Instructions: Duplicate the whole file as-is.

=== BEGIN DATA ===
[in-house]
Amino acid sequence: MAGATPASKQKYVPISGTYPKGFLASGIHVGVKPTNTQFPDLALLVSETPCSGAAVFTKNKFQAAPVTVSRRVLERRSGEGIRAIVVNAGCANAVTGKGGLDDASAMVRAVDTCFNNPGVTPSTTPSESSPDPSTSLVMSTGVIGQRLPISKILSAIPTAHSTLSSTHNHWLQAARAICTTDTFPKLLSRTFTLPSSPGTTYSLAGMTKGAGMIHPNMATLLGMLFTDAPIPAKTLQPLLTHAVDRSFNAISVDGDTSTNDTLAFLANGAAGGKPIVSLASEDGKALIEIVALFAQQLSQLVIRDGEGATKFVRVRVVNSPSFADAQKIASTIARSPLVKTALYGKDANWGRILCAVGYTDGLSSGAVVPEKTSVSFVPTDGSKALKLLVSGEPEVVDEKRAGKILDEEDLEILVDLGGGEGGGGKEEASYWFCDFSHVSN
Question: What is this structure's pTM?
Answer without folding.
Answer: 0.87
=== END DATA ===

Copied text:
[in-house]
Amino acid sequence: MAGATPASKQKYVPISGTYPKGFLASGIHVGVKPTNTQFPDLALLVSETPCSGAAVFTKNKFQAAPVTVSRRVLERRSGEGIRAIVVNAGCANAVTGKGGLDDASAMVRAVDTCFNNPGVTPSTTPSESSPDPSTSLVMSTGVIGQRLPISKILSAIPTAHSTLSSTHNHWLQAARAICTTDTFPKLLSRTFTLPSSPGTTYSLAGMTKGAGMIHPNMATLLGMLFTDAPIPAKTLQPLLTHAVDRSFNAISVDGDTSTNDTLAFLANGAAGGKPIVSLASEDGKALIEIVALFAQQLSQLVIRDGEGATKFVRVRVVNSPSFADAQKIASTIARSPLVKTALYGKDANWGRILCAVGYTDGLSSGAVVPEKTSVSFVPTDGSKALKLLVSGEPEVVDEKRAGKILDEEDLEILVDLGGGEGGGGKEEASYWFCDFSHVSN
Question: What is this structure's pTM?
Answer without folding.
Answer: 0.87